LSAT and Law School Admissions Forum

Get expert LSAT preparation and law school admissions advice from PowerScore Test Preparation.

User avatar
 Dave Killoran
PowerScore Staff
  • PowerScore Staff
  • Posts: 4740
  • Joined: Mar 25, 2011
|
#88276
Complete Question Explanation
(The complete setup for this game can be found here: lsat/viewtopic.php?f=175&p=88237#p88237)

The correct answer choice is (B).

This is a partial List question, where only certain presentation positions are presented instead of the entire slate of presentations (as in question #6). The partial, almost random, nature of the list makes these questions somewhat harder than traditional full List questions. Nonetheless, the first step is to consider the rules. The second step is to examine the remaining answer choices and consider the variables in each that are yet to be placed and look for conflicts.

Answer choice (A) can be eliminated because from the first rule M can never be presented first.

Answer choice (C) can be eliminated because G is presented before J, but there is no room for L to be presented after G, a violation of the second rule.

Answer choice (D) can be eliminated because when P is presented fourth and L is presented fifth, the first rule is violated because there is no room for M to be presented ahead of L but after P.

Answer choice (E) can be eliminated because V is presented before G, but there is no room for P to be presented after V, a violation of the third rule.

Answer choice (C) is thus proven correct by process of elimination.

Overall, this question is the second hardest of the game, after question #9.
 glasann
  • Posts: 58
  • Joined: Jan 07, 2020
|
#76142
Hi - I understand why B is correct, however can you please talk through how you'd approach it in a time-efficient manner? I was testing all answer choices (and just got lucky that I only had to get through 2 test scenarios).

Thanks!
User avatar
 KelseyWoods
PowerScore Staff
  • PowerScore Staff
  • Posts: 1080
  • Joined: Jun 26, 2013
|
#76224
Hi glasann!

Even though this question only gives you a partial list of the order, I would still approach it like a traditional List question: use one rule at a time to eliminate answer choices.

Start with the most fixed rule, the first one: P :longline: M :longline: L.
If P is before M, M cannot be 1st, so answer choice (A) is eliminated.
If M is between P and L, we cannot have P 4th and L 5th, so answer choice (D) is eliminated.

Now onto the next rule: G is before both L and J or G is after both L and J. Basically, this rule means that G cannot be between L and J.
If G is 5th and J is 6th, there is no room for L to also be after G, so answer choice (C) is eliminated.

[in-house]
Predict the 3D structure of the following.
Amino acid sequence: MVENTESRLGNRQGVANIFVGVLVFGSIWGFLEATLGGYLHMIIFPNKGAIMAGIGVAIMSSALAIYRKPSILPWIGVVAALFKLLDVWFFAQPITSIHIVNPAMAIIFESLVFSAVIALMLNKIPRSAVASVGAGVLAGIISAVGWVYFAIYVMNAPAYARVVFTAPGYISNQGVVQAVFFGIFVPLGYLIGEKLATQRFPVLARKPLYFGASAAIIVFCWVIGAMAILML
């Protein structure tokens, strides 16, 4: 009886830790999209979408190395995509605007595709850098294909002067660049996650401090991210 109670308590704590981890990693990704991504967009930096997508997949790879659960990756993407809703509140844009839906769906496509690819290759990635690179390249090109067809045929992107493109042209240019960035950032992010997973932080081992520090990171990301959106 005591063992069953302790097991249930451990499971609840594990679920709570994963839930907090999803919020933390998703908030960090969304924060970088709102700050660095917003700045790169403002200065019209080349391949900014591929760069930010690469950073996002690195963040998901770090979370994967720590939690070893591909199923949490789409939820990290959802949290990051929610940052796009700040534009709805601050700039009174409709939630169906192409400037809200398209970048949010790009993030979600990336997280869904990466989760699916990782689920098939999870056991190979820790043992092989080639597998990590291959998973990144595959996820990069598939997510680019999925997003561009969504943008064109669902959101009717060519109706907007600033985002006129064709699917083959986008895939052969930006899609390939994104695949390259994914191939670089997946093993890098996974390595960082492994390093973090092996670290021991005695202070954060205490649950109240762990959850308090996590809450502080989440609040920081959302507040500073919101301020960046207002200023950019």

If G is 5th and L is 6th, there is no room for J to also be after G, so answer choice (E) is eliminated.

The only answer choice we're left with is (B)--and we didn't even need to use the last rule or do any additional diagramming!

Hope this helps!

Best,
Kelsey
 glasann
  • Posts: 58
  • Joined: Jan 07, 2020
|
#91650
These questions with incomplete answer choices always end up being time sucks for me. Do you have any tips on attacking these quickly?

I understand treating it like a normal list question by using each rule to eliminate answer choices, but do you have any tips for these incomplete ones specifically?

Thanks!
 Robert Carroll
PowerScore Staff
  • PowerScore Staff
  • Posts: 1052
  • Joined: Dec 06, 2013
|
#91668
glasann,

As the responses above show, treating these like normal List questions at first is a good idea - you'll often notice that you can actually eliminate some answers without any more trouble than a normal List question. Even if it doesn't get rid of all the wrong answers, it reduces your work. So don't overcomplicate these - when you need to adopt an alternative strategy, do so, but you'll probably kick out a few wrong answers with a normal strategy anyway.

So start with that. Beyond that, note that this isn't the first question of the game, and even if it were, you could do it last. Look at minidiagrams you've done, or answer choices you've already selected as possible, and if what happens in an answer has already happened, pick the answer that says that! In fact, I think that answer choice (B) for this question is possible in the minidiagram for question 9. Similarly with question 10. Extending this idea, even if a minidiagram hasn't done everything the answer says exactly, you can try to adapt old diagrams that are close into new diagrams that exactly match the answer.

There's one more thing to suggest - I actually did templates for this game from the start, so I can just look at an answer for question 11 and ask "Is this partial arrangement consistent with everything in any one of my templates?" If I answer "yes" to that question, that's the correct answer.

Robert Carroll

Get the most out of your LSAT Prep Plus subscription.

Analyze and track your performance with our Testing and Analytics Package.